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Cover Story
What’s Next for America’s First National Blueway

It used to be called “America’s best-landscaped sewer system.”

But no one’s laughing at the Connecticut River anymore, which is now being held up as a model of how dozens of diverse stakeholders — individuals and groups focused on such diverse goals as conservation, recreation, education, and economic development — can come together to benefit one of the nation’s longest rivers.

The river’s recent designation as the first National Blueway — part of President Obama’s America’s Great Outdoors Initiative — reiterated that success.

“This designation was based on 60 years of partnerships,” said Andrew French, project leader for the Silvio O. Conte National Fish and Wildlife Refuge in Sunderland, noting that the Connecticut River Watershed Council, a group that advocates for the environmental health of the river, formed in 1952.

“And so much has happened since then,” French continued. “It went from being characterized as the best-landscaped sewer to a partnership that’s being used as a model for the National Blueway system.”

That partnership, he said, has, over the years, brought together stakeholders from the realms of conservation, education, recreation, and economic development, many under the aegis of Friends of the Conte Refuge, a loose coalition of individuals and groups with interest in the health of the river and its watershed. And it’s critical that these parties work together, French stressed, or none of their individual efforts will be successful.

Andy French

Andy French says myriad stakeholders were crafting strategies for river use long before the Blueway designation.

“One of the things that Friends of the Conte feels most strongly about is that, when we talk about blueways, we’re not just focused on the river. We are focused on the watershed and all of the elements in it,” he told BusinessWest. “Our work not only needs to be interested in the flora and fauna, but it has to be relevant from a recreation standpoint; it has to be relevant from an economic standpoint. If we’re not interested in the economy, then any conservation is not going to be sustainable. The bottom line is that having that balance between conservation, recreation, and the economy is vital. It’s important to do all three.”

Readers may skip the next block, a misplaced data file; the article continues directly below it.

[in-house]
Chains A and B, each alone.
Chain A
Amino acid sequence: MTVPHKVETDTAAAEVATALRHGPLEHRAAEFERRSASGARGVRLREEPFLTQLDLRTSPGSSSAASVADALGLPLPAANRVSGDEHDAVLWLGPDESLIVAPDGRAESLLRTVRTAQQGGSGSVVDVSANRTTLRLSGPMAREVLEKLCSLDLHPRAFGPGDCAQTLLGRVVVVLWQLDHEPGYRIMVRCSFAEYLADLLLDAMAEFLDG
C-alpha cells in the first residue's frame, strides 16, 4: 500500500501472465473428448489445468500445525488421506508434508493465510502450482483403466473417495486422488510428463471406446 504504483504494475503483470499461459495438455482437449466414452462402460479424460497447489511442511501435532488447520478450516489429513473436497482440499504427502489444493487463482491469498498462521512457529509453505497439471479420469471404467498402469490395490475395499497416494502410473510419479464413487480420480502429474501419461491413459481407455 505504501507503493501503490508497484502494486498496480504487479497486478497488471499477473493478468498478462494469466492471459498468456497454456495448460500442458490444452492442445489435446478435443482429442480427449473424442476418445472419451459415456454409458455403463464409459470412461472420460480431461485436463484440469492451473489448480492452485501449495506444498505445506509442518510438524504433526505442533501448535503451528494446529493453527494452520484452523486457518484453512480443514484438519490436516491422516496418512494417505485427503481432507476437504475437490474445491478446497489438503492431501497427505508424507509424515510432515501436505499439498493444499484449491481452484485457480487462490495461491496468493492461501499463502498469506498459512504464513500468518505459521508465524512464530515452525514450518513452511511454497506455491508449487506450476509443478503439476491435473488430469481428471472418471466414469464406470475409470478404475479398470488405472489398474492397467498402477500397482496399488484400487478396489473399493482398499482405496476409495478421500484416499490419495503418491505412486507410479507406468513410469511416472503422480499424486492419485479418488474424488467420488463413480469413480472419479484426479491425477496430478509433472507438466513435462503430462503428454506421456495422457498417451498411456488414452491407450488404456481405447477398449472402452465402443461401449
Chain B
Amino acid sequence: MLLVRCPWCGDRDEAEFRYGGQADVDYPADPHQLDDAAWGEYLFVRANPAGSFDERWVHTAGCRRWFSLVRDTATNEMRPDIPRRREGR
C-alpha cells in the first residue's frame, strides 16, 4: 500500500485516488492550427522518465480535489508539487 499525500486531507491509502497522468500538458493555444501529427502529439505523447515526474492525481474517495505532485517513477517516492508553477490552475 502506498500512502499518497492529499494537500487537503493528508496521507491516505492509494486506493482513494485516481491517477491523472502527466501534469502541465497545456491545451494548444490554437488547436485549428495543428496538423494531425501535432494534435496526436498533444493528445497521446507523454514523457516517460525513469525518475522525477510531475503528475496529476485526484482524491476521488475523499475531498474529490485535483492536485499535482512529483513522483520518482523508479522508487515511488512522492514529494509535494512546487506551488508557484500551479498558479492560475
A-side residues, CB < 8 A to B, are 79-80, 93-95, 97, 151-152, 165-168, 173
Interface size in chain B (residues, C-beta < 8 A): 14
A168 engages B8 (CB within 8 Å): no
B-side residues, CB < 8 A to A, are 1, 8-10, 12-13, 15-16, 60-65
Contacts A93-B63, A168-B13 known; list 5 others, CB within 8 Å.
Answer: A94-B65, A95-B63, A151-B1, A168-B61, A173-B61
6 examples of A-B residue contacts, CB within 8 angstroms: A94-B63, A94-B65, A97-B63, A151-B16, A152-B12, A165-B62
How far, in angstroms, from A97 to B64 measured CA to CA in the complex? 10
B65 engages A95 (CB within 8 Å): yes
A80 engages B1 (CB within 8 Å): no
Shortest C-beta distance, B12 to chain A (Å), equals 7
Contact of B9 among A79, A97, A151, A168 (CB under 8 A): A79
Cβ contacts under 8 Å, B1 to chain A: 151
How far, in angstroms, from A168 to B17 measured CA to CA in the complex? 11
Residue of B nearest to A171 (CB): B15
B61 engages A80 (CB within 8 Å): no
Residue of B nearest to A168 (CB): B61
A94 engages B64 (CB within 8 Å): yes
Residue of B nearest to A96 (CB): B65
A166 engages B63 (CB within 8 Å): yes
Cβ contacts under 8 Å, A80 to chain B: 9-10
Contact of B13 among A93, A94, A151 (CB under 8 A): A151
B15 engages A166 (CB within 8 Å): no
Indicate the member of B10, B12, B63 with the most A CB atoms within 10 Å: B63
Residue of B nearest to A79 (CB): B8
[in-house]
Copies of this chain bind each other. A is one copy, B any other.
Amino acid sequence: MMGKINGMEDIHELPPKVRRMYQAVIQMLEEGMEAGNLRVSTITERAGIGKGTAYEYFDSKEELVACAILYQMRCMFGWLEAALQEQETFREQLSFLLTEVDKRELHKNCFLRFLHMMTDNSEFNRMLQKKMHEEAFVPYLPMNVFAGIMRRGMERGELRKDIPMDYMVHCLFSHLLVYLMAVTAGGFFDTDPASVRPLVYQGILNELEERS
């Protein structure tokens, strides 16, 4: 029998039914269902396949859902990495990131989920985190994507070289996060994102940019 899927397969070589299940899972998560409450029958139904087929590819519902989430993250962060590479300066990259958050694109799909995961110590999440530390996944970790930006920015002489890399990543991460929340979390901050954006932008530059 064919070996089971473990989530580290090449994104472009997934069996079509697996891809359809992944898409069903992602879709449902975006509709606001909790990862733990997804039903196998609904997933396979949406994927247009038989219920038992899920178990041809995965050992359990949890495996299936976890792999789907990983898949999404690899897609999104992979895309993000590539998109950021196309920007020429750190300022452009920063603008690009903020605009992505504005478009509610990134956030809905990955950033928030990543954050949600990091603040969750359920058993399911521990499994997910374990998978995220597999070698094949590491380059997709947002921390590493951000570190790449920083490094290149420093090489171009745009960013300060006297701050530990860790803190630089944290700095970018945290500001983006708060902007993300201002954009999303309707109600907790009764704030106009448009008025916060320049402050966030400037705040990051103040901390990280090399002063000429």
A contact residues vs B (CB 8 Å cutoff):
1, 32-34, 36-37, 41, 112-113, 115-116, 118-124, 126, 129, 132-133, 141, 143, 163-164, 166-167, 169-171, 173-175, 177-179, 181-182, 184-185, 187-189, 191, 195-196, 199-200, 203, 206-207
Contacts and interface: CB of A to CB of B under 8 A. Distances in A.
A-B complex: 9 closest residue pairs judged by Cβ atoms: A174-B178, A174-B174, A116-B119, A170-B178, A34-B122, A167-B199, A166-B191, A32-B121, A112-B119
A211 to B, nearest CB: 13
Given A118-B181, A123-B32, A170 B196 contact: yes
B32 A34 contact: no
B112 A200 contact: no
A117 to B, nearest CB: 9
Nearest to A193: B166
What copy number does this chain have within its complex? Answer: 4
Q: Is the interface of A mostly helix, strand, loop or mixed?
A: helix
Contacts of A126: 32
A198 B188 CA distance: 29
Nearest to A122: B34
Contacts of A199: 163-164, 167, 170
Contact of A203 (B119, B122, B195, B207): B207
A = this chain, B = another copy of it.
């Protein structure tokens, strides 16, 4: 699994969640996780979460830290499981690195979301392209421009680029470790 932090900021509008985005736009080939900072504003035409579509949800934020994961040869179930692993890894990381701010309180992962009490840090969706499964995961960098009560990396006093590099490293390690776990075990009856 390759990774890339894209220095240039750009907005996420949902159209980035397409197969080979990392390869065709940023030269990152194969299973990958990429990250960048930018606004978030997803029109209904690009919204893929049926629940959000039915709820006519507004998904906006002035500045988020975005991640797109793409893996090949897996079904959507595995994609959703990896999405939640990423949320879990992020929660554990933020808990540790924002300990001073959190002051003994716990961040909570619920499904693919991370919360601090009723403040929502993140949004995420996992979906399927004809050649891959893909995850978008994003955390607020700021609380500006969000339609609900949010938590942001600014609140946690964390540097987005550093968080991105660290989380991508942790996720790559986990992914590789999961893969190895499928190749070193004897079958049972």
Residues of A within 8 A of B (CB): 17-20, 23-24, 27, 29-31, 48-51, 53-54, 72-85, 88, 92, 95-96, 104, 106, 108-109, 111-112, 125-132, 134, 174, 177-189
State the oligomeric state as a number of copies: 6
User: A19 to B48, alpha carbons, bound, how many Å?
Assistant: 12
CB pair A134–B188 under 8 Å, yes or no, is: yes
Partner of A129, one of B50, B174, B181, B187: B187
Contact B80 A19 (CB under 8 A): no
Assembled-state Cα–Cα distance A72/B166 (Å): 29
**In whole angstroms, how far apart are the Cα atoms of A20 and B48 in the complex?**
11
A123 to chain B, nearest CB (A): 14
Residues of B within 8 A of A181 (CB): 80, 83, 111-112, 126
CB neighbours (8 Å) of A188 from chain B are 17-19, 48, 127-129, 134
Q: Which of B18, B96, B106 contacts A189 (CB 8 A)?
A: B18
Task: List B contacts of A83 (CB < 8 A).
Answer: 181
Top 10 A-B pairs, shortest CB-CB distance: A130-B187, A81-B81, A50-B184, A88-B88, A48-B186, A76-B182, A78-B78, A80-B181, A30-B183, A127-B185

Those with a stake in the Connecticut River hope the Blueway designation helps to achieve just that, and advance goals that have been decades in the making.


Blue By You

U.S. Rep. Richard Neal has long been interested in the Connecticut River from both the ecological and economic angles. He told BusinessWest that, while the Blueway distinction doesn’t bring additional federal funds to the river’s stakeholders, it is meant to unify existing conservation efforts into a more cohesive strategy, one that preserves important U.S. rivers as natural interstate corridors that benefit both people and wildlife.

“The Connecticut River represents a great achievement for conservation and protection,” Neal said, adding that achievements like Blueway status “keep the idea of our scenic waterways in front of all of us.

U.S. Rep. Richard Neal

U.S. Rep. Richard Neal

“When you consider where the river was 40 years ago and what it is today, it is just extraordinary,” he added. “When you consider what those old mills dumped into the river, and today it’s alive with active and passive recreation … the river is back.”

U.S. Interior Secretary Ken Salazar said earlier this year that the Blueways program aims to protect and popularize the country’s rivers by taking a holistic approach to conservation. Unlike the current patchwork of federal protections, which typically only cover certain segments of a river, a national blueway will include the entire river “from source to sea,” as well as its surrounding watershed.

Salazar visited Hartford in May to announce that the 410-mile Connecticut River and its vast watershed, encompassing land in Connecticut, Massachusetts, New Hampshire, and Vermont, would be the first Blueway. In fact, according to the Appalachian Mountain Club, more than 10% of the U.S. population lives within 100 miles of the river’s 7.2 million-acre watershed.